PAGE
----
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The Four Laws of Simplicity, and How to Apply Them to Life
Last week I came across an article with the above title. While reading, it crossed my mind what would happen if we would substitute the last word for Enterprise Architecture. First let me give you an idea of the article.
Four rules for a simple life
1. Collect everything in one place.
2. Choose the essential.
3. Eliminate the rest.
4. Organize the remaining stuff neatly and nicely.
Sounds simple? Let’s give a small example from the article to illustrate.
” Do you really need 40 T-shirts? Or 40 pairs of shoes? How many jeans do you actually wear? One drawer or section of your closet at a time, put everything on your bed in a pile, choose the clothes you really love and actually wear on a regular basis, donate the rest, and put the ones you love back in your drawers or closet. Leave space around the clothes — don’t stuff your drawers full.”
To run this example, you need two essential skills:
■ You should be able to select (what clothes do you want?) and
■ You should be able to eliminate (what clothes do you dispose off?).
And now, enterprise architecture, Select and Eliminate
In enterprise architecture, I draw a parallel with the execution of a technology innovation in a company. A company wants to know the impact for a future, company-wide deployment of new technology. The approach is to perform an impact analysis and a first step is often an inventory of the current IT landscape (rule 1). In these studies you will sometimes find hundreds to thousands of applications. For some of the applications you doubt the usefulness. How do you find out which applications are really necessary?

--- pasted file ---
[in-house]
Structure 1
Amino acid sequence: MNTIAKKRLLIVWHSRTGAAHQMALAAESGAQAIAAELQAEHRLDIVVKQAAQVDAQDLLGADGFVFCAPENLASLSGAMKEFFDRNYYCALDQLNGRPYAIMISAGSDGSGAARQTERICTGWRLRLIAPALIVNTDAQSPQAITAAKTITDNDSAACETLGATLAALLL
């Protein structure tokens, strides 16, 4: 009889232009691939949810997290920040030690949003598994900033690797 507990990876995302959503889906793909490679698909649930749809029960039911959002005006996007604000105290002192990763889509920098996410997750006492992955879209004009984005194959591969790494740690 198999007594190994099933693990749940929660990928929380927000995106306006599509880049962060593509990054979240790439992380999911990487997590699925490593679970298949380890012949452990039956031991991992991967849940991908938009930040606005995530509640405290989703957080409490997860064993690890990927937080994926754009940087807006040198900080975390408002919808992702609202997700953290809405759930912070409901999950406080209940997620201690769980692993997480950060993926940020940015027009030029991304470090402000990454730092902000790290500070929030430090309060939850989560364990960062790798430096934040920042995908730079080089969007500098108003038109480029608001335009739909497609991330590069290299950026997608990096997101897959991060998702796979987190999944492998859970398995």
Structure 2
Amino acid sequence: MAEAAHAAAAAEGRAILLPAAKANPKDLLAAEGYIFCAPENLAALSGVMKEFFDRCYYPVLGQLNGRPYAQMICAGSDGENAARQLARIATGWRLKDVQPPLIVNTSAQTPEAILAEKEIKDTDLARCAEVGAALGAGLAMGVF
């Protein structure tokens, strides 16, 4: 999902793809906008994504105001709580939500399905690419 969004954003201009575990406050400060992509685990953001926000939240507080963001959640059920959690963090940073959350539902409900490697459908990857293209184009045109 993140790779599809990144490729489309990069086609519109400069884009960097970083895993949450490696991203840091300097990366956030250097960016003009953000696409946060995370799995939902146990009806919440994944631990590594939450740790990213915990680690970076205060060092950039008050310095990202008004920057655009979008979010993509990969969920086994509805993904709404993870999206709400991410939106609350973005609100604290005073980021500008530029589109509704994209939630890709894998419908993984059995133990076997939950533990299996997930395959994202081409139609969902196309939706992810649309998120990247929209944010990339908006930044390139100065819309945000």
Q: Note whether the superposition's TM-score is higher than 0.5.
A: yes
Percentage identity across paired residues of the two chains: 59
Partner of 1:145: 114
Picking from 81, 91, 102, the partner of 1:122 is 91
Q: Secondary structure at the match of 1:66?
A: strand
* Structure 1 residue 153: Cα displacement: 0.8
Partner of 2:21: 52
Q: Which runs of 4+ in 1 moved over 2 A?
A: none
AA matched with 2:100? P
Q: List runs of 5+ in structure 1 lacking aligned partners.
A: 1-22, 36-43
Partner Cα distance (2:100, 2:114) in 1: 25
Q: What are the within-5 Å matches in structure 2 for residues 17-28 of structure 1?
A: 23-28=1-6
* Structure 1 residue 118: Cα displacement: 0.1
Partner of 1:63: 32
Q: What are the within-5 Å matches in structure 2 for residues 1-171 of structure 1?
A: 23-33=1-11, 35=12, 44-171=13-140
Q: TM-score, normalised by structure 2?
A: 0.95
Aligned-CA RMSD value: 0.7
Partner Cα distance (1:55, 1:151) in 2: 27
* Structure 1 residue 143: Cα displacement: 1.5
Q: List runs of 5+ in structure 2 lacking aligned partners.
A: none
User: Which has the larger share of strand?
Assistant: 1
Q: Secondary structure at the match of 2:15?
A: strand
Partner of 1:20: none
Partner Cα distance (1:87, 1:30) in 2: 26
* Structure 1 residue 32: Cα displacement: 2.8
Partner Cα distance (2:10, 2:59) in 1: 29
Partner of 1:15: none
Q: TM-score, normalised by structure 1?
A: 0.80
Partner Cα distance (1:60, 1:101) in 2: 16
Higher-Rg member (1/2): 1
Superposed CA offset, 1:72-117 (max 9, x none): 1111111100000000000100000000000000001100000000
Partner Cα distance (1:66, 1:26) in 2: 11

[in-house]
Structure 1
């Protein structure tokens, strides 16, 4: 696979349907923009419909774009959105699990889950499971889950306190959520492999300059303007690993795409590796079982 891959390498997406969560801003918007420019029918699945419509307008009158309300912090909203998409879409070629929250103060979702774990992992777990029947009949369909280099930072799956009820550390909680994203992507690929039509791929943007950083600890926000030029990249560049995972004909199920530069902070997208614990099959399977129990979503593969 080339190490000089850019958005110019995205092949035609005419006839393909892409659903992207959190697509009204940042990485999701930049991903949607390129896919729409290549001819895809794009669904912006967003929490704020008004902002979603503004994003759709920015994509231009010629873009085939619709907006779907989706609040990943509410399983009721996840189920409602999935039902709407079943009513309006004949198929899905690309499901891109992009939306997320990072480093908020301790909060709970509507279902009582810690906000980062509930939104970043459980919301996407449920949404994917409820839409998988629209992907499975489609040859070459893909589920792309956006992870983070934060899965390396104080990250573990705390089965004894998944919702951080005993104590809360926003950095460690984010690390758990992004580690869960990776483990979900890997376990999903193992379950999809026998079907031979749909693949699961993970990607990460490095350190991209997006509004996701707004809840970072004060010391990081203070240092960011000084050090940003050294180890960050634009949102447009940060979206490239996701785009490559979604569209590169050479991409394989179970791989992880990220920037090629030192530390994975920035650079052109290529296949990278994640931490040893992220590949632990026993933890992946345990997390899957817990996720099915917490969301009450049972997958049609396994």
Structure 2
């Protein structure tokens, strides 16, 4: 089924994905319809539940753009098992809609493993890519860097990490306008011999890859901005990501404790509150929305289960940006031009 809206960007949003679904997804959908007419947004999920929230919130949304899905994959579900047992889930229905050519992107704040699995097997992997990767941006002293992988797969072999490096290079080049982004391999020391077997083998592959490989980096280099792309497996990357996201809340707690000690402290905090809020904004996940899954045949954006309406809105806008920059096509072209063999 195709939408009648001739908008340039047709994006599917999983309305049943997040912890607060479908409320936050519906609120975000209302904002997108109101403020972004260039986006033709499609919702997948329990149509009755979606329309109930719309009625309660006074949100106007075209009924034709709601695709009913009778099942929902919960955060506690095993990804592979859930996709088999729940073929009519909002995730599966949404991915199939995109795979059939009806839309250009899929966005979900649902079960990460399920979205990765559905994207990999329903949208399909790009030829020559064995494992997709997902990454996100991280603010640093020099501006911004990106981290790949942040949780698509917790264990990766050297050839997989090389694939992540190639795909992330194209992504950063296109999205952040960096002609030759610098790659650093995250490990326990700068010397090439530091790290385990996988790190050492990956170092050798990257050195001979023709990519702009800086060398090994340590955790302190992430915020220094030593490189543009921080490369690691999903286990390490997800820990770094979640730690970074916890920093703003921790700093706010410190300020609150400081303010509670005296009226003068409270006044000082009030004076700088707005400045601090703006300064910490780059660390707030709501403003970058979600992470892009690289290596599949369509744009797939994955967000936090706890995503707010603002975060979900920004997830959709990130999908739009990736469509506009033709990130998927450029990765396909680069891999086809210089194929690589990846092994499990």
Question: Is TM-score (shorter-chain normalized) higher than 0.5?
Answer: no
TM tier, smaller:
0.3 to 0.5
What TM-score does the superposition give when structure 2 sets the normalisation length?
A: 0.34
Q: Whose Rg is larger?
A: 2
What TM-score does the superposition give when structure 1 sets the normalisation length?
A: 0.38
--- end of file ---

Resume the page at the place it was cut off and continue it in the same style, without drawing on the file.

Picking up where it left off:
In analogy to the example above, we must look at the usage of these applications. Based on usage statistics, we can see which applications are widely used. But low usage does not always mean low value. To measure the value of an application we must look at how well it supports a business processes. Based on usage, value and other discriminators (e.g. knowledge) we can decide what applications are impacted by the technology adaptation (rule 2). So far nothing new, it seems that we have mastered the select skill quite well.
But I see things going wrong with the eliminate skill. After the applications have been mapped, we quickly give attention to the design and implementation of projects for the change at hand (rule 4). We take too little time to dispose of the applications that we no longer need (rule 3). You must have heard one of these lines before:
■ we cannot put the old system down, because there is still data in it,
■ department X will not go over to the new system because they don’t want to learn a new system,
■ there is no budget to finance the dismissal of system Y.
Elimination is a skill and it should be given attention in project plans. Only focusing on creation and not on destruction will make the landscape complex and expensive. For a simple enterprise architecture, it is imperative that we throw away more.